What a perfect reblog for Suicide Awareness Month… I’ve been posting about Suicide awareness and PTSD all month long and this is a perfect post to wrap it up.
Thanks for sharing your experience.
The so-called ‘psychotically depressed’ person who tries to kill herself doesn’t do so out of quote ‘hopelessness’ or any abstract conviction that life’s assets and debits do not square. And surely not because death seems suddenly appealing. The person in whom its invisible agony reaches a certain unendurable level will kill herself the same way a trapped person will eventually jump from the window of a burning high-rise. Make no mistake about people who leap from burning windows. Their terror of falling from a great height is still just as great as it would be for you or me standing speculatively at the same window just checking out the view; i.e. the fear of falling remains a constant. The variable here is the other terror, the fire’s flames: when the flames get close enough, falling to death becomes the slightly less terrible of two terrors. It’s not desiring the fall; it’s terror of the flames. And yet nobody down on the sidewalk, looking up and yelling ‘Don’t!’ and ‘Hang on!’, can understand the jump. Not really. You’d have to have personally been trapped and felt flames to really understand a terror way beyond falling. -David Foster Wallace (Infinite Jest).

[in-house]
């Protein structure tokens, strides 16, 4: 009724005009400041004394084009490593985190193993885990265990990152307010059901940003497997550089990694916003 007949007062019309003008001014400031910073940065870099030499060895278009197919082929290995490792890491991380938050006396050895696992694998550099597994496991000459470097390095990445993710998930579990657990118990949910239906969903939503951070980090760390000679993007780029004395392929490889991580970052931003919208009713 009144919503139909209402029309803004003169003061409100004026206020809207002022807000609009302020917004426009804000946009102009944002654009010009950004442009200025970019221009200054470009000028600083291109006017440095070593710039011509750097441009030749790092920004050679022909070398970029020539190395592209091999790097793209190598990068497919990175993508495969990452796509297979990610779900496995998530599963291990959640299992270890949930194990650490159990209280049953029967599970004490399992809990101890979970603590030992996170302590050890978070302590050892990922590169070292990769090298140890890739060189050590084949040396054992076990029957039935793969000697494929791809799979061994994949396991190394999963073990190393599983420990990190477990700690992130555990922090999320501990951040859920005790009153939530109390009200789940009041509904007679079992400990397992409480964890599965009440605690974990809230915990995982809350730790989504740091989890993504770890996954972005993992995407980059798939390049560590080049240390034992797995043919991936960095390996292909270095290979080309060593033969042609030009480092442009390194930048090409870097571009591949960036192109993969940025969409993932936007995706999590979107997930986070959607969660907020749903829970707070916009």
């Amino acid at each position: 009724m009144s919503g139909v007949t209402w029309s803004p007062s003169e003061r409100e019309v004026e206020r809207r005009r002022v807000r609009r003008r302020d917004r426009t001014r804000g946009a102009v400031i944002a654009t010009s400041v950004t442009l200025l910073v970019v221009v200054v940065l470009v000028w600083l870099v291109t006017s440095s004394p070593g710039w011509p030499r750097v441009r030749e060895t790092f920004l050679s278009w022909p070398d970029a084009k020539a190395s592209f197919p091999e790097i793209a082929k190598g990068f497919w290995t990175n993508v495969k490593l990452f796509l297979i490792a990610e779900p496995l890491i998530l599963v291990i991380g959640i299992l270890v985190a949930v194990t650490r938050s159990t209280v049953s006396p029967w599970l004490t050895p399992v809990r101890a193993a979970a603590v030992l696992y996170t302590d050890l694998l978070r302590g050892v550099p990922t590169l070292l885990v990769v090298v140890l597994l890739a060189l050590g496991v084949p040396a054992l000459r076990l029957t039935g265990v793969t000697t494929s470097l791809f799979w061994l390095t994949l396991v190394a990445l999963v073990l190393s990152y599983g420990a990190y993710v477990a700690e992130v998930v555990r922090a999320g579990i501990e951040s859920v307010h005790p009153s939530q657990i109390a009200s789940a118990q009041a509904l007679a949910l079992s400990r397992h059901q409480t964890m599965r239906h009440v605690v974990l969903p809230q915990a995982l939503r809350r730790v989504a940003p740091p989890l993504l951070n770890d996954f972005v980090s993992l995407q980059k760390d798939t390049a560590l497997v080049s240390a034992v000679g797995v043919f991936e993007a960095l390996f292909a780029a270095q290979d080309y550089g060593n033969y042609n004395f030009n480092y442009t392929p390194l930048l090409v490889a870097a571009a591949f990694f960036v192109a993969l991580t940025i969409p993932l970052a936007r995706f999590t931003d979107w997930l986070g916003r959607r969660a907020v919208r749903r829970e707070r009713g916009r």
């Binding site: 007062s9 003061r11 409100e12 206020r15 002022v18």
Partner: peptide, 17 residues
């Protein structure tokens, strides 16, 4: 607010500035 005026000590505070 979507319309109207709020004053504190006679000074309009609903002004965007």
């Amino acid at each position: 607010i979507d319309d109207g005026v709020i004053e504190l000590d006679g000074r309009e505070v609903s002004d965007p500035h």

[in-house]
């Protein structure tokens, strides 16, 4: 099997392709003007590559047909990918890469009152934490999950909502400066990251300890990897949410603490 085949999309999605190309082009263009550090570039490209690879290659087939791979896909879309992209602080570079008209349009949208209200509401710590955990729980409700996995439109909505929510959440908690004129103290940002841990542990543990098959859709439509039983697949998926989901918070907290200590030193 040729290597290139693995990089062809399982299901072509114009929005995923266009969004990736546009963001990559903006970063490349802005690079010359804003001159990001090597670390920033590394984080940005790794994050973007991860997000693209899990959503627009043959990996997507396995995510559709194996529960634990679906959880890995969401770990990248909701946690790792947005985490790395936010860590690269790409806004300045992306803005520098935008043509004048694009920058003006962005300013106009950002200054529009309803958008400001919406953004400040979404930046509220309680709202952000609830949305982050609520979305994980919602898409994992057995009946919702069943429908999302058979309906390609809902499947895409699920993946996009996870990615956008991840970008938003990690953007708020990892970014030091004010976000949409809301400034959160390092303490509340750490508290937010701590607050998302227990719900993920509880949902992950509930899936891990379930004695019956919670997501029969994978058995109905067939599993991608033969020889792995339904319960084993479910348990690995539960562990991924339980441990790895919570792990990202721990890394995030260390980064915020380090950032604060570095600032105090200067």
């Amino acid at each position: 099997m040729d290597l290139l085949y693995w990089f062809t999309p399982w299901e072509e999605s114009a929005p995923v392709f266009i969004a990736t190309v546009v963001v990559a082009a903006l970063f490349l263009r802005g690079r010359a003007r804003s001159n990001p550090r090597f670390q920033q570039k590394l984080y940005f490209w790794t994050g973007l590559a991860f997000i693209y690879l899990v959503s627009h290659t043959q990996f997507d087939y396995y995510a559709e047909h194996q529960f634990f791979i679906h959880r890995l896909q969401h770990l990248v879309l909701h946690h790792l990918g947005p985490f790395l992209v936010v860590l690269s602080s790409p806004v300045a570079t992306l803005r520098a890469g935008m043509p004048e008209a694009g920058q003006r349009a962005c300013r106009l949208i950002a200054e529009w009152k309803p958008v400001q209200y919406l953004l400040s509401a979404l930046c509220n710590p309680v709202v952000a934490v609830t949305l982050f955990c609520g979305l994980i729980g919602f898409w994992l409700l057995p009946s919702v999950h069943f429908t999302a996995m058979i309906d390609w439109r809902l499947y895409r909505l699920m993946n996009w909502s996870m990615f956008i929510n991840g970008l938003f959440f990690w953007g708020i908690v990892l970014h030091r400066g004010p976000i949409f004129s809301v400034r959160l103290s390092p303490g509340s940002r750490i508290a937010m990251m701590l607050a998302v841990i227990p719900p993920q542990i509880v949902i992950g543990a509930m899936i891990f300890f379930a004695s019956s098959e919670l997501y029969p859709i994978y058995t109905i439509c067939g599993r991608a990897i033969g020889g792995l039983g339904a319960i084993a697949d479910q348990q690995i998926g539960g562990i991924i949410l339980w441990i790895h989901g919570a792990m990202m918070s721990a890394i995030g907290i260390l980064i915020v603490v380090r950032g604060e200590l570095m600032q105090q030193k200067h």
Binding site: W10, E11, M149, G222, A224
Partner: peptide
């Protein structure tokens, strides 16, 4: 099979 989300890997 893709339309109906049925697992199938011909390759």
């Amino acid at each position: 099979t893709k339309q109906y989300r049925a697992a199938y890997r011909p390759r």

Also, check out this other post by Luke Atkins — “Suicide.”
REMEMBER, “SUICIDE IS 100% PREVENTABLE“.
LIVE LAUGH … BELLE PAPILLON
Have you ever stumbled upon something so magnificent, so awe-inspiring, so beautiful that you were lost for words? Were you forced to stand there for a moment, emotions heightened, and smile, take it all in, before dispatching yourself back to reality?
This overwhelming feeling crushed me when I—from the first row—saw Cristiano Ronaldo score a sweet goal live in Madrid; as I came across Vincent van Gogh’s powerful The Starry Night while in NYC; after I tasted the green chile queso—on my last night before college—at my favorite restaurant, Mr. Mesero; once I heard Local Natives’s heart-wrenching second album, Hummingbird; the minute I turned 18 (which, fittingly so, struck while I was jamming at an ODESZA concert)— it was at these times that I truly felt free, like I, out of nowhere, was a relatively independent adult who had freedoms and choices, those which allowed me to do anything in…
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